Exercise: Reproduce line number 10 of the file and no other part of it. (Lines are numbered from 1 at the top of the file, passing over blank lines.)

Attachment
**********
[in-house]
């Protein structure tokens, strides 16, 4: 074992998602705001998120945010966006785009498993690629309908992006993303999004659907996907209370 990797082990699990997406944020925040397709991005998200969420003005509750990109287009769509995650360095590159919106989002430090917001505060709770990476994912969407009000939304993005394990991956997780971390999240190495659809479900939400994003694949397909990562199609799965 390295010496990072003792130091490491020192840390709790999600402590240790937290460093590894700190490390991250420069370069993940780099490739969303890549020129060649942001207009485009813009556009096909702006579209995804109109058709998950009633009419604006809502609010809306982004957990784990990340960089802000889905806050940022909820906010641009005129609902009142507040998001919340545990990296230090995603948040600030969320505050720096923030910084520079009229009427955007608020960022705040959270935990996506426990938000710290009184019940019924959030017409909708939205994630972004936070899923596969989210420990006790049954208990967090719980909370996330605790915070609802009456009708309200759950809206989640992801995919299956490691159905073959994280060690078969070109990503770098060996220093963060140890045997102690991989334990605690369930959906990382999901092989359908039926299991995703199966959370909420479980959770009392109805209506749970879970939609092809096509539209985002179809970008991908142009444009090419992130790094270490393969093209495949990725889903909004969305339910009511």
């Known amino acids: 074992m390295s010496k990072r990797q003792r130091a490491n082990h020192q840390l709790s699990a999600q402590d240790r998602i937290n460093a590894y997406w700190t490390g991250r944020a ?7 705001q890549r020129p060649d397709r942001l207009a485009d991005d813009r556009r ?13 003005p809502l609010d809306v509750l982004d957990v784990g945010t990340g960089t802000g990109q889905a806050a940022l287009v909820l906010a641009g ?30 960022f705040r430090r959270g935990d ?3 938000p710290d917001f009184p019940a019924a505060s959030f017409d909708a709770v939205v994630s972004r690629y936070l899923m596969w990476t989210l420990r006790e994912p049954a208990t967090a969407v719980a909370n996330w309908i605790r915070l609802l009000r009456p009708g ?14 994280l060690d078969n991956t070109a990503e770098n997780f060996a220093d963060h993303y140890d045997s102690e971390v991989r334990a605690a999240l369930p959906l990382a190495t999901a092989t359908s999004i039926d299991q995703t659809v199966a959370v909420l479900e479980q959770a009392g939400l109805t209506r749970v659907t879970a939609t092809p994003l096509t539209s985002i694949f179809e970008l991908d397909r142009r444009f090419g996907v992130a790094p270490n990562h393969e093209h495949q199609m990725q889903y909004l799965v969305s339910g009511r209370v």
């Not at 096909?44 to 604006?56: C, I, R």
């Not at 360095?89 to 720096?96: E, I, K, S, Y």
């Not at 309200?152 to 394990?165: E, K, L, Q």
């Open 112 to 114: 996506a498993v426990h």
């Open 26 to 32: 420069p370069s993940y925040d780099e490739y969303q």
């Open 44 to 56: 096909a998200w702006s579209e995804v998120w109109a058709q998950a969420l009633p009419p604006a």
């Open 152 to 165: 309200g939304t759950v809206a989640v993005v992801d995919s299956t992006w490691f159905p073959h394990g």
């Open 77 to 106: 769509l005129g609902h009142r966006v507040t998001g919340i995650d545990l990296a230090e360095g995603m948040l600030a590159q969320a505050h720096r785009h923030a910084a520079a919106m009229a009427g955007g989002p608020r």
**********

């Open 152 to 165: 309200g939304t759950v809206a989640v993005v992801d995919s299956t992006w490691f159905p073959h394990g």